Finally the physio's came and put me on a treadmill walking extremely slowly. After a minute, they stopped and I lay down again, and then they told me I had walked 50m...the longest by far in the four months since my crash. The next day I walked 100m. I still felt terrible and was totally bedridden, apart from this brief period, but suddenly I began to imagine that I could make improvements and not just go downhill further. From there my progress was steady each day, at around 25% further each day, but cumulatively it was dramatic. I continued to experience terrible relapses including some kind of brain siezures, one sided paralyisis, and severe visual processing problems etc etc. But by the end of one month I was well enough to walk around the lake outside the hospital - a three mile walk. At this point I moved into my own apartment and within two weeks was spending my whole day out of bed. Now a month after leaving hospital, I am walking up to ten miles a day, swimming, cycling, running, and lifting weights again, but doing it all in a very "take it easy way". My visual and balance problems have improved dramatically, I am speaking again, and my mind has started to come back. I am not back completely to normal yet and still am not considering working, but nevertheless I could never have imagined that t hat I could have come this far so quickly.

    My reason for writing this is not just to celebrate my own achievement, but to ask fellow sufferers to at least consider the possibility of improvement through taking a different psychological approach. By "psychological" I do not think for one minute that this disease is like a "mental block" which can be overcome easily. Instead I think that illness is a dysfunction of the central nervous systems "software", and that real brain changes do cause the mental and physical dysfuction, but they are not necassarily permanent. I am sure that the immune system is involved also, but remember that the central nervous system plays a significant role in regulating the immune system....nothing in the body is seperate and independent. While CFS is a complex disease, and all of you may have a different etiolgy, my opinion is that you MAY be able to help yourself in the way I have. Really I have experienced the worst this disease could throw at anyone, and was sure I was going to die or be a vegetable for the rest of my life. If I could come back from that, it is at least possible that you may also.
    [This Message was Edited on 06/05/2006]
    [This Message was Edited on 06/05/2006]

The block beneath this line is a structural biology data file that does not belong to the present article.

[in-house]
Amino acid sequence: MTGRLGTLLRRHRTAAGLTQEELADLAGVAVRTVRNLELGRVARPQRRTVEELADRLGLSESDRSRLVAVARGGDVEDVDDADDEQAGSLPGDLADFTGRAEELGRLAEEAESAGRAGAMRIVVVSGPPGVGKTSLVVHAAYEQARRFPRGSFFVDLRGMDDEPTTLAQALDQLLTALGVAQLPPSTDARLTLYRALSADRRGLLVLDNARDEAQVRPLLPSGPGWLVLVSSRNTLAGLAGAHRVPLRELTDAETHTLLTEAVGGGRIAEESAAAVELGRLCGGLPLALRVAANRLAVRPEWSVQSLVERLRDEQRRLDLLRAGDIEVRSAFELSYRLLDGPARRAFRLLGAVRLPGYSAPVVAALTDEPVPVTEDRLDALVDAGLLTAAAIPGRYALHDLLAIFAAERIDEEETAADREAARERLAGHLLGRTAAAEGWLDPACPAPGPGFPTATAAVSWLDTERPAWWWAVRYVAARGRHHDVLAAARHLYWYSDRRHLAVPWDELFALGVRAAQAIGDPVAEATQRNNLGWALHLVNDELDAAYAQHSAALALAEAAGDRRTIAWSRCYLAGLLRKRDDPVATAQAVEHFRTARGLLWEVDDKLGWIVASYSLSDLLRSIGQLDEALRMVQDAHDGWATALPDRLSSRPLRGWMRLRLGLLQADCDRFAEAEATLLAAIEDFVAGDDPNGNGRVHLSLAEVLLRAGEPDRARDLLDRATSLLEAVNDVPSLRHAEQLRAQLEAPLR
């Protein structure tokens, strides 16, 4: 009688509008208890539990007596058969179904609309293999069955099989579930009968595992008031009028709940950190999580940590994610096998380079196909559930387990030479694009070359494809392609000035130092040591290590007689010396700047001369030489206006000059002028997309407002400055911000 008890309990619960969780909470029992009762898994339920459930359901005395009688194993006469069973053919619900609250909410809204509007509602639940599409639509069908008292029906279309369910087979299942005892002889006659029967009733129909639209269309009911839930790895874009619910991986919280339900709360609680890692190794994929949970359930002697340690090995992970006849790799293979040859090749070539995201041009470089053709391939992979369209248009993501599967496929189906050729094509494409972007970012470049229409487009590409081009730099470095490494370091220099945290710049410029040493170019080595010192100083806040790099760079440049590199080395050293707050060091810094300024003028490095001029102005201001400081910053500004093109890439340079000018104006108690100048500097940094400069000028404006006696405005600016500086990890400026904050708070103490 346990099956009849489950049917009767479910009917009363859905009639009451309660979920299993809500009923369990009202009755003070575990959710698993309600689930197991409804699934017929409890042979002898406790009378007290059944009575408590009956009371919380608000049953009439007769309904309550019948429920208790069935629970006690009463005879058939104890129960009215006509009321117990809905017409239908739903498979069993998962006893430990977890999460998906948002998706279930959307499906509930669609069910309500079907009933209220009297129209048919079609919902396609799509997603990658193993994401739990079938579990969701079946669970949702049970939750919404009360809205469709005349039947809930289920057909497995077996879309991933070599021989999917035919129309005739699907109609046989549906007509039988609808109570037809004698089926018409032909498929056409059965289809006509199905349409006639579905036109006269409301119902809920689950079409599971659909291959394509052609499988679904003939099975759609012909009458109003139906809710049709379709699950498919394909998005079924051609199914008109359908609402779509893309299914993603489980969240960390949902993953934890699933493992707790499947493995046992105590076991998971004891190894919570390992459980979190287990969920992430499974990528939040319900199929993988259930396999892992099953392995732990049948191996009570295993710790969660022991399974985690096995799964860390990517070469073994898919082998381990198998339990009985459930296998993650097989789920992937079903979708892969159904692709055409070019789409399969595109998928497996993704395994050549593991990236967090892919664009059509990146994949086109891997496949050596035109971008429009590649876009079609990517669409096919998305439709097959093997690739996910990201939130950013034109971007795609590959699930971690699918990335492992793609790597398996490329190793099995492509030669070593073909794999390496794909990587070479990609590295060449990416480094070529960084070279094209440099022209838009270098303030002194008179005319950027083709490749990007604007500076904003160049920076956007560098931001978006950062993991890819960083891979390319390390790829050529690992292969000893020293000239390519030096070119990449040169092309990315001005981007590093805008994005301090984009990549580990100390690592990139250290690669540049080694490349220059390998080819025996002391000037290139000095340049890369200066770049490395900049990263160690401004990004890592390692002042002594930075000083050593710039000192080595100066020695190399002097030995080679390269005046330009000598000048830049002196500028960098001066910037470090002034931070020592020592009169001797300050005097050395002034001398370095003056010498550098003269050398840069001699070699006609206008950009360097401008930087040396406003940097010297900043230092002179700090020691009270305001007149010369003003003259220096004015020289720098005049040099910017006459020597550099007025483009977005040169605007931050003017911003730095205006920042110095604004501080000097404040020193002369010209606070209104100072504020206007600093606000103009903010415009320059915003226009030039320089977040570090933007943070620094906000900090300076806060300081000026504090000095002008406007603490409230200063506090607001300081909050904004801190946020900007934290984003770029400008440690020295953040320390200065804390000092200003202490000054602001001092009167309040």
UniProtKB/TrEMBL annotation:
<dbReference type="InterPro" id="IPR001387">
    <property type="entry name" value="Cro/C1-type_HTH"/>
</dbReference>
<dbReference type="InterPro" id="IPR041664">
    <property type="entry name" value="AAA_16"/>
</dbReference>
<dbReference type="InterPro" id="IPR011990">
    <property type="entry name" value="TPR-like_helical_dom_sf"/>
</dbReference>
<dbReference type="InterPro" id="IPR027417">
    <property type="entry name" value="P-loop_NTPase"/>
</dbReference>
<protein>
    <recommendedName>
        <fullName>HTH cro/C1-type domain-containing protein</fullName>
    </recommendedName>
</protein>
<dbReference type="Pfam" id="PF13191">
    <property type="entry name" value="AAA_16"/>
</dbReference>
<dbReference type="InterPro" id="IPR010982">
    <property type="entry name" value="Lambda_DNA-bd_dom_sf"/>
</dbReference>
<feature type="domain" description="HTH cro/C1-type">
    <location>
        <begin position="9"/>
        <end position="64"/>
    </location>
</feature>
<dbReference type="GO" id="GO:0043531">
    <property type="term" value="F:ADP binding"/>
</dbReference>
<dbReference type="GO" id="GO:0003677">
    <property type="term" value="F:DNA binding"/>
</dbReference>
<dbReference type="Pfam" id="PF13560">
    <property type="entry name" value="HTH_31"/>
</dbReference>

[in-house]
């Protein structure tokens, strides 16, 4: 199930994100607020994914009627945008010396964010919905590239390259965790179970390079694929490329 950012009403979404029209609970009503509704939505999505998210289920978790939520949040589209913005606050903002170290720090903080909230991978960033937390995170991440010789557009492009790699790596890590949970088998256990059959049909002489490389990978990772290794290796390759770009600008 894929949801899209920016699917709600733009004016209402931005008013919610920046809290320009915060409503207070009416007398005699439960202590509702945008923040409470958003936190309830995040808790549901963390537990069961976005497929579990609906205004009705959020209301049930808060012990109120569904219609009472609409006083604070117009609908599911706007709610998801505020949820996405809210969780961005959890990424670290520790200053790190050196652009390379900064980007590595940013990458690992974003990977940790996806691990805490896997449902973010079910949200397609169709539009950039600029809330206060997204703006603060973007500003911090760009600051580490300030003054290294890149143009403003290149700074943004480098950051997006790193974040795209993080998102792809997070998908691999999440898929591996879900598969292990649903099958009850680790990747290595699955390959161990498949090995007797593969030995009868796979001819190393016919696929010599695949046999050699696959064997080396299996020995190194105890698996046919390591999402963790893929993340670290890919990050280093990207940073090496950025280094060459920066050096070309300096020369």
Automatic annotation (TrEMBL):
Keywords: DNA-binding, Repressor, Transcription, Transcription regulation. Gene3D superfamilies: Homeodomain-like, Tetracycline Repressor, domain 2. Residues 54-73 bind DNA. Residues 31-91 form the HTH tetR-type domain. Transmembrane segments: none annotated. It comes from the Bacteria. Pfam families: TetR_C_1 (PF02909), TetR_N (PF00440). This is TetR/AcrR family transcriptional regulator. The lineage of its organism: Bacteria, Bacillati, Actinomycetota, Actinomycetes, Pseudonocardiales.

2. springrose22

    springrose22 New Member

    It is doubtful that you had CFS in the first place, but I sure am glad you are better. Good for you! Marie
  3. elliespad

    elliespad Member

    What is the time period between diving/weight lifting weakness, and starting your phsio treatments? I too am very happy you are recovering so nicely.
  4. bensug

    bensug New Member

    It was about four months between my first symptoms of weakness and fatigue, and starting on the physio. To clarify further, after about one month I was "tortured" by physio's who did not understand my condition in the first hopsital I went to with the usual resulting relapse. I am sure everyone is familiar with this - I was basically told...there is nothing wrong with you...get up! I was then thrown in a taxi, and sent on a one hour car journey when I had not been able to even sit up for more than 5 minutes!

    The difference in my treatemnt at the next hospital was partly due to the fact that I was treated by "neuro-physiotherapists", who had some experience with M.E. and who were sympathetic. Although my illness was associated with diving and lifting weights, when I look back now there were several periods of unexplained illness and fatigue in the previous six months, so this was something that was on its way. I realsised I could never have had a scuba diving accident at all, since my dive had been to 2m in a swimming pool!

    The thing that was most difficult was finding a way to break out of the cycle of activity/relapse which everyone with ME seems to experience. I am still not entirely sure how I did it as for four months I simply could not break free of this, and it seemed impossible that I ever would.
  5. Tantallon

    Tantallon New Member

    I have read your thread twice now and am having difficulty understanding what process your mind took with regard to your illness/symptoms.

    Was it acceptance?
    Did cognitive behaviour therapy play a part?

    I too believe that the brain has some control over our illness and to that end I ordered The Edge Effect, which I recieved last Friday, so I haven't had time to read it yet. I tend to get really annoyed when anybody mentions the word 'psychological' with regards to this illness but I am open minded and accept that the way our brain reacts may have some bearing on this DD.